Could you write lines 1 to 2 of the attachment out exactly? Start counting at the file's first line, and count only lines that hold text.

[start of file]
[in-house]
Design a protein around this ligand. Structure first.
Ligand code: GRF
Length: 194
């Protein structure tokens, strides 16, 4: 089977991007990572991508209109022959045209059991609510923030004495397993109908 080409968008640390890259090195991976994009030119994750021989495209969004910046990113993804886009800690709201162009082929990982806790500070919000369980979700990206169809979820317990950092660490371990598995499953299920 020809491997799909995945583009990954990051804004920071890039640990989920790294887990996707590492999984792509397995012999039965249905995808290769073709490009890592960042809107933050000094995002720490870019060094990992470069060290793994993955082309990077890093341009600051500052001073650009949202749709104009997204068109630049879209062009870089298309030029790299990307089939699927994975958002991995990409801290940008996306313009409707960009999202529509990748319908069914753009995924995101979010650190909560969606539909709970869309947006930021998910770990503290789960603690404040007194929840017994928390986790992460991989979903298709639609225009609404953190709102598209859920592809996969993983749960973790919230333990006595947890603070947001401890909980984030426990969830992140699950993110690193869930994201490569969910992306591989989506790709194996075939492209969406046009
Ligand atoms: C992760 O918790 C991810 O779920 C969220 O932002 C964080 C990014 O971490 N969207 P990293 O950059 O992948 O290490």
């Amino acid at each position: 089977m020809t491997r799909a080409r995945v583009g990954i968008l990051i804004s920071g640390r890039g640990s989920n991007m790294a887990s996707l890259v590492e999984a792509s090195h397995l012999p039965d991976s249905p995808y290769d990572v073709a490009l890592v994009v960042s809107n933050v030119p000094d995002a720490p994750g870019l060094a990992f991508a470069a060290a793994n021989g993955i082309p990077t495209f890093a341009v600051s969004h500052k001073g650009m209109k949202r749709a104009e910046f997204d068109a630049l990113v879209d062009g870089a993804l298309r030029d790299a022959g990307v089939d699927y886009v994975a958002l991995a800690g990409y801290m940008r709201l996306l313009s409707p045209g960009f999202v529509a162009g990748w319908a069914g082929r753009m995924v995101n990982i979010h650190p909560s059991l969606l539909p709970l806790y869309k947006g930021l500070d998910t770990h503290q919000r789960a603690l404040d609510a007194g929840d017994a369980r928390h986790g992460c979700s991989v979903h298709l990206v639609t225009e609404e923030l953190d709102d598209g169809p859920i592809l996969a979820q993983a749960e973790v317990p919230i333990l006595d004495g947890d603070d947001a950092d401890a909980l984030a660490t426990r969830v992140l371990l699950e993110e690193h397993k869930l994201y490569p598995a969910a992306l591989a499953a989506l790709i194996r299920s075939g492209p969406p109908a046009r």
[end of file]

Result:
[in-house]
Design a protein around this ligand. Structure first.